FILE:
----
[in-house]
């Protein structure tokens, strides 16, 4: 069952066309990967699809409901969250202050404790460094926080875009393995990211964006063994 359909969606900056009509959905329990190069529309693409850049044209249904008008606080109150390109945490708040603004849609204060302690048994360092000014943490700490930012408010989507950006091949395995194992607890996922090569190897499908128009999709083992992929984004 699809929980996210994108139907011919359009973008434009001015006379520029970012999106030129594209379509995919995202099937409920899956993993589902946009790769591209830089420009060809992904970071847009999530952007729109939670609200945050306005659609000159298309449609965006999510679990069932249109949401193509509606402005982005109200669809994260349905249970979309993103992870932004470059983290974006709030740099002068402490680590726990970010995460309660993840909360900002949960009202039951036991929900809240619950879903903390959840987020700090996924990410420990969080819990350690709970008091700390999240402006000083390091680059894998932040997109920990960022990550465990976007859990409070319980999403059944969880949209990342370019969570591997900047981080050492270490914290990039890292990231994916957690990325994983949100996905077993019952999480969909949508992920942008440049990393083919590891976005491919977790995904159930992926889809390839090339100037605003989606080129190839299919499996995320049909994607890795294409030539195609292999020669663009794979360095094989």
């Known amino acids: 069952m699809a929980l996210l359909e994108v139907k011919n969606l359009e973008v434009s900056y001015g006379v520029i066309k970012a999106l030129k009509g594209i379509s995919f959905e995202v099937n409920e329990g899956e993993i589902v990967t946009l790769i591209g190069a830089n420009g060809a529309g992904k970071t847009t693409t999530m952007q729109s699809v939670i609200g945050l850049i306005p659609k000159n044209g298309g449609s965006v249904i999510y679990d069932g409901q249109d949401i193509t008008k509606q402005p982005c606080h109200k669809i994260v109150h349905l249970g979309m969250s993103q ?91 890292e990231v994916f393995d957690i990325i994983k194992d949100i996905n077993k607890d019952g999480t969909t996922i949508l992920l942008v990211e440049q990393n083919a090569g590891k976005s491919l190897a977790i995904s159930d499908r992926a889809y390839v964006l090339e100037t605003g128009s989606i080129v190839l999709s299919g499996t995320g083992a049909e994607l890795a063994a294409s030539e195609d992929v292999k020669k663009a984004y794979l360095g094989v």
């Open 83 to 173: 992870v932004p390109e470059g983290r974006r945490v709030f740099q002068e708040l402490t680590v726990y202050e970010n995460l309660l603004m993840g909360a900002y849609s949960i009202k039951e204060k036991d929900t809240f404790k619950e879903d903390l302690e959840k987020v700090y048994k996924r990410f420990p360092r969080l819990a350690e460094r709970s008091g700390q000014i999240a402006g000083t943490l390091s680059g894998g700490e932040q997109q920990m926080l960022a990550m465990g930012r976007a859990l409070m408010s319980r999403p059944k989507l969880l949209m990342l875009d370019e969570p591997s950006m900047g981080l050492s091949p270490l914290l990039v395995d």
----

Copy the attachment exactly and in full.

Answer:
[in-house]
């Protein structure tokens, strides 16, 4: 069952066309990967699809409901969250202050404790460094926080875009393995990211964006063994 359909969606900056009509959905329990190069529309693409850049044209249904008008606080109150390109945490708040603004849609204060302690048994360092000014943490700490930012408010989507950006091949395995194992607890996922090569190897499908128009999709083992992929984004 699809929980996210994108139907011919359009973008434009001015006379520029970012999106030129594209379509995919995202099937409920899956993993589902946009790769591209830089420009060809992904970071847009999530952007729109939670609200945050306005659609000159298309449609965006999510679990069932249109949401193509509606402005982005109200669809994260349905249970979309993103992870932004470059983290974006709030740099002068402490680590726990970010995460309660993840909360900002949960009202039951036991929900809240619950879903903390959840987020700090996924990410420990969080819990350690709970008091700390999240402006000083390091680059894998932040997109920990960022990550465990976007859990409070319980999403059944969880949209990342370019969570591997900047981080050492270490914290990039890292990231994916957690990325994983949100996905077993019952999480969909949508992920942008440049990393083919590891976005491919977790995904159930992926889809390839090339100037605003989606080129190839299919499996995320049909994607890795294409030539195609292999020669663009794979360095094989």
């Known amino acids: 069952m699809a929980l996210l359909e994108v139907k011919n969606l359009e973008v434009s900056y001015g006379v520029i066309k970012a999106l030129k009509g594209i379509s995919f959905e995202v099937n409920e329990g899956e993993i589902v990967t946009l790769i591209g190069a830089n420009g060809a529309g992904k970071t847009t693409t999530m952007q729109s699809v939670i609200g945050l850049i306005p659609k000159n044209g298309g449609s965006v249904i999510y679990d069932g409901q249109d949401i193509t008008k509606q402005p982005c606080h109200k669809i994260v109150h349905l249970g979309m969250s993103q ?91 890292e990231v994916f393995d957690i990325i994983k194992d949100i996905n077993k607890d019952g999480t969909t996922i949508l992920l942008v990211e440049q990393n083919a090569g590891k976005s491919l190897a977790i995904s159930d499908r992926a889809y390839v964006l090339e100037t605003g128009s989606i080129v190839l999709s299919g499996t995320g083992a049909e994607l890795a063994a294409s030539e195609d992929v292999k020669k663009a984004y794979l360095g094989v």
């Open 83 to 173: 992870v932004p390109e470059g983290r974006r945490v709030f740099q002068e708040l402490t680590v726990y202050e970010n995460l309660l603004m993840g909360a900002y849609s949960i009202k039951e204060k036991d929900t809240f404790k619950e879903d903390l302690e959840k987020v700090y048994k996924r990410f420990p360092r969080l819990a350690e460094r709970s008091g700390q000014i999240a402006g000083t943490l390091s680059g894998g700490e932040q997109q920990m926080l960022a990550m465990g930012r976007a859990l409070m408010s319980r999403p059944k989507l969880l949209m990342l875009d370019e969570p591997s950006m900047g981080l050492s091949p270490l914290l990039v395995d």